In our four-part training series, we’re introducing some of the training methods you can use to help you improve your running and your parkrun PB, while showing how a couple of tweaks to your mid-week training can help you become a more confident runner, whatever your aspirations!
In this instalment, we’re discussing tempo running.
To help us to do so, we’ve enlisted the help of Richard Partridge! As an athlete, Richard has a 5k PB of 13:45 and represented Great Britain in the World Cross Country Championships during the 1980s.
For the past 20 years has been coaching a number of athletes, including Kevin Quinn, Mark Miles and Oliver Aitchison.
What is tempo running?
Tempo is a term used to describe a certain speed of running and is sometimes described as running “comfortably hard”.
What are the benefits of tempo running?
When you run fast, your body uses more fuel to produce the energy needed to propel you to that parkrun PB! But by using more fuel, your muscles also produce more waste (lactate) which is why your legs can feel heavy towards the end of your fast runs or races.
Running at your tempo pace for a sustained period in training, which is slightly slower than your race or parkrun pace, helps you to train your body to delay the point at which this dreaded muscle fatigue sets in.
Essentially, by increasing the amount of time it takes for your muscles to begin to tire, you are better able to sustain your faster pace when it comes to race day or parkrunday.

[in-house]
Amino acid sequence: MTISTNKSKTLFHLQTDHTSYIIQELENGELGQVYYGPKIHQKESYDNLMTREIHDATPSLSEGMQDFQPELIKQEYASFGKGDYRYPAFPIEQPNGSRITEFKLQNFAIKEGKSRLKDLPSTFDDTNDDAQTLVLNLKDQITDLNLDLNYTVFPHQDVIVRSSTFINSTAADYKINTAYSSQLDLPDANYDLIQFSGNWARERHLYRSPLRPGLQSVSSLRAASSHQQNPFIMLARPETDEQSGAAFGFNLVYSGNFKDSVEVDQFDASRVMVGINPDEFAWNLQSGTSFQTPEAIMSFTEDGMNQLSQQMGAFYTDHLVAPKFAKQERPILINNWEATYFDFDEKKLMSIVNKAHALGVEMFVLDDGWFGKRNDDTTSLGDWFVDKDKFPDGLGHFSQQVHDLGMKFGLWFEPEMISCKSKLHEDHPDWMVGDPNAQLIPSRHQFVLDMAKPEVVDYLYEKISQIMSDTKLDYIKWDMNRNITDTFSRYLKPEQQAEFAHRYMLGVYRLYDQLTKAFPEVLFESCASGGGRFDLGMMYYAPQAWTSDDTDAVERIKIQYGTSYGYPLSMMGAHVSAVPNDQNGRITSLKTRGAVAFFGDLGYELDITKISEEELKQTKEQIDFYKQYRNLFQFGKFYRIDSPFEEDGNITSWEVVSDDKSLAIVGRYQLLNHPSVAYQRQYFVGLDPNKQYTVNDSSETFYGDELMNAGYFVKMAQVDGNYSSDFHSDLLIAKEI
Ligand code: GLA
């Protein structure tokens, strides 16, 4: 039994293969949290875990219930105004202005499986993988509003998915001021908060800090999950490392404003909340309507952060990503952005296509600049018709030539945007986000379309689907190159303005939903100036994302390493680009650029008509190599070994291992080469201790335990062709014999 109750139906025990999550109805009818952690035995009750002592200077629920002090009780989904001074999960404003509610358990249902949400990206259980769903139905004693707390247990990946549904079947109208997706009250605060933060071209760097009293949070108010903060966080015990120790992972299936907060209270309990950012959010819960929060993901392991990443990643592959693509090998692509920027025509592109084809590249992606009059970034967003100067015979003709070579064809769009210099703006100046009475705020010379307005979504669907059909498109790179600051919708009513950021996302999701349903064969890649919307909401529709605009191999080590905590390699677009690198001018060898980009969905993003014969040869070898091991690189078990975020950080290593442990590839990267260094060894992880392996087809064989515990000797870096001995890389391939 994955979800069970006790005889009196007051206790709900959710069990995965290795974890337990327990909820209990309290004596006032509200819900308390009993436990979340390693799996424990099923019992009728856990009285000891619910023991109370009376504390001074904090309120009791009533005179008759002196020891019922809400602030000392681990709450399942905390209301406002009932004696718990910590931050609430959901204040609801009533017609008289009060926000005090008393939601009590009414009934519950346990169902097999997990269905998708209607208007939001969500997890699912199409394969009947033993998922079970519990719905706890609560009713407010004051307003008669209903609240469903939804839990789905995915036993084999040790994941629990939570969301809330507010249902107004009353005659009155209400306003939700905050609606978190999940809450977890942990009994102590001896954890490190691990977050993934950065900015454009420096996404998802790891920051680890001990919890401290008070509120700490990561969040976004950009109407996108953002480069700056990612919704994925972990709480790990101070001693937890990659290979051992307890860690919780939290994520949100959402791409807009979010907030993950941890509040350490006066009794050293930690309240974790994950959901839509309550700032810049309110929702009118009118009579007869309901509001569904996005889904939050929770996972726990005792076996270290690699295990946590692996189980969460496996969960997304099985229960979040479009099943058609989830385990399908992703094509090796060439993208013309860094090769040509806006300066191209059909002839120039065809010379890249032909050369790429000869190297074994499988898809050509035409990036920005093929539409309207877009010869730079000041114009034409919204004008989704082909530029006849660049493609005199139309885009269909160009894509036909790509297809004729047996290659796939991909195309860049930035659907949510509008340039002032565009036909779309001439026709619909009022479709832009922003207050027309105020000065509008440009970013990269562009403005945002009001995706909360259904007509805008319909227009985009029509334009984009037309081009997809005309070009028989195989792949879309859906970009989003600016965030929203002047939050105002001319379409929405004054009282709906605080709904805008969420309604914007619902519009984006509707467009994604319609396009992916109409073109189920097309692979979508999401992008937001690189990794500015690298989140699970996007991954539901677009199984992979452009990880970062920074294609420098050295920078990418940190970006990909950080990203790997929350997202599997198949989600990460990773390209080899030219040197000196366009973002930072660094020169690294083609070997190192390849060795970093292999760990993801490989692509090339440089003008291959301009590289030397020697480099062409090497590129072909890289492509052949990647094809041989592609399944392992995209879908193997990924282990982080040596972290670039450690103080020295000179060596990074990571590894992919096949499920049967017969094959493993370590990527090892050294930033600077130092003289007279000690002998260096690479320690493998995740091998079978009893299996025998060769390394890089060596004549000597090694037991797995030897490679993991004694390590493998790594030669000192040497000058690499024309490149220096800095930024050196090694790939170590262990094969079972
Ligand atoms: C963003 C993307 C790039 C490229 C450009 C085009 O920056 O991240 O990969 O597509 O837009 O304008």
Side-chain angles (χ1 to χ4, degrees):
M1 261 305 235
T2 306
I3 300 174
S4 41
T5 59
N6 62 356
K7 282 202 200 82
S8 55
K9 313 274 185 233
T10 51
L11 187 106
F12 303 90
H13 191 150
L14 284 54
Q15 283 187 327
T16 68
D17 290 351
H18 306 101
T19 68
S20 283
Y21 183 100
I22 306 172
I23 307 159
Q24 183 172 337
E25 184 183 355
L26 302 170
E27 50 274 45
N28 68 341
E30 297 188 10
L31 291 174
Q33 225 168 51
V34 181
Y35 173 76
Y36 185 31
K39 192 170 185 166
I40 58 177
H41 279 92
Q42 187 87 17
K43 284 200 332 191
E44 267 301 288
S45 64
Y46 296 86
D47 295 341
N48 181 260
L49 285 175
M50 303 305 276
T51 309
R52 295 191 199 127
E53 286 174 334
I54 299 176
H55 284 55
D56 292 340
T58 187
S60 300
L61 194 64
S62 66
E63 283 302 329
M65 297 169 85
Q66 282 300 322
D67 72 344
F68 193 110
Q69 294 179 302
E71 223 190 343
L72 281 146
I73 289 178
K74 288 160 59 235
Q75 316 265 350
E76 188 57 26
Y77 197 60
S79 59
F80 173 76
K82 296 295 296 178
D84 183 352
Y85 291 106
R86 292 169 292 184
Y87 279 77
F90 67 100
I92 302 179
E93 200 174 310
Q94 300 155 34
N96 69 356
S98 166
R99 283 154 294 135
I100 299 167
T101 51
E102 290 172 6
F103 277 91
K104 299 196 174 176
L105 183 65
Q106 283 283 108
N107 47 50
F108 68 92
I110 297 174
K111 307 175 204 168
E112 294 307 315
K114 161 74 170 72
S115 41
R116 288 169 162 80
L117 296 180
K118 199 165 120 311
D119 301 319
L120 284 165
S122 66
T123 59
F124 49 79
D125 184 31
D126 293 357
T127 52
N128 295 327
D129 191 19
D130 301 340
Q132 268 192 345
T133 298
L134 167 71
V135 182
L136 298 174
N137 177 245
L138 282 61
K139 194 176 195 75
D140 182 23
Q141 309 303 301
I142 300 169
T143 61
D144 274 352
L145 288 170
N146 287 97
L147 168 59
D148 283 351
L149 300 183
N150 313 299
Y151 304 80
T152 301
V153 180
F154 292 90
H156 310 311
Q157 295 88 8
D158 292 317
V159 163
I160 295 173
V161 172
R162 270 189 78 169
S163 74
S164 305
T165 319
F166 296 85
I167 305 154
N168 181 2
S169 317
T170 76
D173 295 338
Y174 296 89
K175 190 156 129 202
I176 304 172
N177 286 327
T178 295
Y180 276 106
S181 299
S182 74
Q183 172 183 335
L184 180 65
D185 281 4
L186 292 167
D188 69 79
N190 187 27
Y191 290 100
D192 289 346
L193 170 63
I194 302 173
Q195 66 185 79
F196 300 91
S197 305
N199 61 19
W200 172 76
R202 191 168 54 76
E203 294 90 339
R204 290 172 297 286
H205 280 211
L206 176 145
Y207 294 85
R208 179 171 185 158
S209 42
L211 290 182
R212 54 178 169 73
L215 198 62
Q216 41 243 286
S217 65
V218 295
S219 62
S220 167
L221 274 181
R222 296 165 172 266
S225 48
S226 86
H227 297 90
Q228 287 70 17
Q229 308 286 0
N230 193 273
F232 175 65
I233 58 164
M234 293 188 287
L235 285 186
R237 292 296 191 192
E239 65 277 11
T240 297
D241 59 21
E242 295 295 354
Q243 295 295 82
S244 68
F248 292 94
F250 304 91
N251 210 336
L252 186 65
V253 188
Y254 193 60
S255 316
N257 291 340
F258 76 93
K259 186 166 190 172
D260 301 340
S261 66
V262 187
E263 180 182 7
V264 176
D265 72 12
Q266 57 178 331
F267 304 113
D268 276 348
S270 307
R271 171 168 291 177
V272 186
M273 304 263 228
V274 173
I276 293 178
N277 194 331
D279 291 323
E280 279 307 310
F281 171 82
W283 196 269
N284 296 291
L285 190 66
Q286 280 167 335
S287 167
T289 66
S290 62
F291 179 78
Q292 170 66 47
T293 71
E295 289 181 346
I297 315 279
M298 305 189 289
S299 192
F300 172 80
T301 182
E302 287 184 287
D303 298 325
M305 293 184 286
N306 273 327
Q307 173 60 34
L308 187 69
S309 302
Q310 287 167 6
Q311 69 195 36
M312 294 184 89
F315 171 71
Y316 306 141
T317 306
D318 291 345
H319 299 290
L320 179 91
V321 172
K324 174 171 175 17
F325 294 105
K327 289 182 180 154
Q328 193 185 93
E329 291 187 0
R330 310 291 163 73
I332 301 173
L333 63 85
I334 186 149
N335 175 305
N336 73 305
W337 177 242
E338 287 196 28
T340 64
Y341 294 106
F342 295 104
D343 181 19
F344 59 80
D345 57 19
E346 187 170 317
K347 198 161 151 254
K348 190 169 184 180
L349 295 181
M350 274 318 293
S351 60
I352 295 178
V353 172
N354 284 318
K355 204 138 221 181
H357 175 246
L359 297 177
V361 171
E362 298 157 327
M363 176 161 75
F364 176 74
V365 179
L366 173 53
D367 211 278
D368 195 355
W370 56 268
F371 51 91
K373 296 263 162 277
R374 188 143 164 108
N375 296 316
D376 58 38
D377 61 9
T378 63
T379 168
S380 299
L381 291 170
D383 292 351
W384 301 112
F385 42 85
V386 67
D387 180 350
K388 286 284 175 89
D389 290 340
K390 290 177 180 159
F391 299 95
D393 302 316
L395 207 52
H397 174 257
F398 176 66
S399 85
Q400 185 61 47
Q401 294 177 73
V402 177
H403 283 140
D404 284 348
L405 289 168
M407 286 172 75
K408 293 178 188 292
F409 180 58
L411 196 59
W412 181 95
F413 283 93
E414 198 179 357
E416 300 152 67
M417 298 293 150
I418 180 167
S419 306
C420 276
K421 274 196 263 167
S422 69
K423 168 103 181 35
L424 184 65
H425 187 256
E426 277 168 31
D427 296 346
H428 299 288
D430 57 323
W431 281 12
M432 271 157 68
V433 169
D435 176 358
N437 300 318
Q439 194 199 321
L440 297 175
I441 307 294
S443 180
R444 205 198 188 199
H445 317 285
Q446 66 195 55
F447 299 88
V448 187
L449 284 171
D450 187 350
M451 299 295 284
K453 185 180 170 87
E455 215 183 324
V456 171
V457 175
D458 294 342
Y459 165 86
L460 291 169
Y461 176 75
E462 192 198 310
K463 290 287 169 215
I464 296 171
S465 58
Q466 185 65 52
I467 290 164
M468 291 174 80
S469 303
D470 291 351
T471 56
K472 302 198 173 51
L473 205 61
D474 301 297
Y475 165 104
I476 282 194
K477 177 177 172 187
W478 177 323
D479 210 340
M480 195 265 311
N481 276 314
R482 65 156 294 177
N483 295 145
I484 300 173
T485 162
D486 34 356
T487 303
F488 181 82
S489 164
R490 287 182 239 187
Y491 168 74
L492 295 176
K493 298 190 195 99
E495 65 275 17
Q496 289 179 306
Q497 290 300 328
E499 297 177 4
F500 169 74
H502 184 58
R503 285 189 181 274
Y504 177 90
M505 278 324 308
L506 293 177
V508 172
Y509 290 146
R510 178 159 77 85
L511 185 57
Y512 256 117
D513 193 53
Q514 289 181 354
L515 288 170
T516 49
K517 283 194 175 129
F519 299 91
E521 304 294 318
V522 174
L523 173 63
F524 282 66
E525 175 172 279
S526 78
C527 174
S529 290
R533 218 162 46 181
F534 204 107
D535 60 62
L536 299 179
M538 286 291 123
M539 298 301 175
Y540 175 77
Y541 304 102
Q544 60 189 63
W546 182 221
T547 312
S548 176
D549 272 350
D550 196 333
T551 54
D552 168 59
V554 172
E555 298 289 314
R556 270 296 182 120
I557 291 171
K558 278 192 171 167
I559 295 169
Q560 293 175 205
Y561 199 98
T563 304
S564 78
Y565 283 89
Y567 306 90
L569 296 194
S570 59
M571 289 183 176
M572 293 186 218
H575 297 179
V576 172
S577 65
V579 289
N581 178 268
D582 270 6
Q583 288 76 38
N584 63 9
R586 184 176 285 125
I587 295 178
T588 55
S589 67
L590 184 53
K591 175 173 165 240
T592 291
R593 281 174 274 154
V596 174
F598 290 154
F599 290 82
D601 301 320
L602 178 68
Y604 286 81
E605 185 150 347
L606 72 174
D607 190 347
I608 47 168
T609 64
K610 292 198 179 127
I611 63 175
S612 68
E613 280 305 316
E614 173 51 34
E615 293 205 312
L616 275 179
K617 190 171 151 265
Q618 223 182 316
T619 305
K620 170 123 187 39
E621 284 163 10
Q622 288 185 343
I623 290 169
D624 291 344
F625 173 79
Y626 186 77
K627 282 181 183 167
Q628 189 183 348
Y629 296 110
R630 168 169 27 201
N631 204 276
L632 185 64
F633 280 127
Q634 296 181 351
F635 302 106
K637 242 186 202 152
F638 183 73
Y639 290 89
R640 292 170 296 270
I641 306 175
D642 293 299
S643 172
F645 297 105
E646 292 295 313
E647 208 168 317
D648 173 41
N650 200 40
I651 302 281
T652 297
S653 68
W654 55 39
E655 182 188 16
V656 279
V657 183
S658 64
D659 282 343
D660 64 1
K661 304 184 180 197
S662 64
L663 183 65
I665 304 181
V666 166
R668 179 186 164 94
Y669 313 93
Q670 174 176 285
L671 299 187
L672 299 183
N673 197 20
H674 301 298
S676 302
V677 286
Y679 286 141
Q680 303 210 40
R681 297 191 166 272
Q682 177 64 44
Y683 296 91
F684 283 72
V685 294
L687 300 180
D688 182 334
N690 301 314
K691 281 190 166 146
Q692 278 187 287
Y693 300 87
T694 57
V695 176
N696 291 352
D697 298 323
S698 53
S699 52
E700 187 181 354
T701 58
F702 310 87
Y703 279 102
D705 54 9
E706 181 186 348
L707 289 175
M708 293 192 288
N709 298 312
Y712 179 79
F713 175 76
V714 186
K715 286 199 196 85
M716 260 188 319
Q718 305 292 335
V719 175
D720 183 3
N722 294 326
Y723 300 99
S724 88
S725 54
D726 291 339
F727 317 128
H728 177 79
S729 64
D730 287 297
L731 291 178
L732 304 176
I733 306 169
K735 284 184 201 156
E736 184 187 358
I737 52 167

How should you include it in your training?
A rough guide to working out your tempo pace is to add 25-30 seconds per mile to your parkrun pace. For example, if your parkrun pace is 8:30 minutes per mile, your tempo pace would be 8:55-9:00 min/mile.
Tempo running should only take up a small amount of your weekly running. For example, if you run 3-5 times per week, only one of those runs should be a tempo run.
Example tempo running sessions:
First up, try shorter runs of between 10-20 minutes, running at your 10k pace (the pace you could run a 10k race at currently).
Next, you build up your tempo running sessions to longer runs of between 30-40 minutes, running at your half marathon pace (the pace you could run a half marathon race at currently).
The key is to build up slowly and enjoy!
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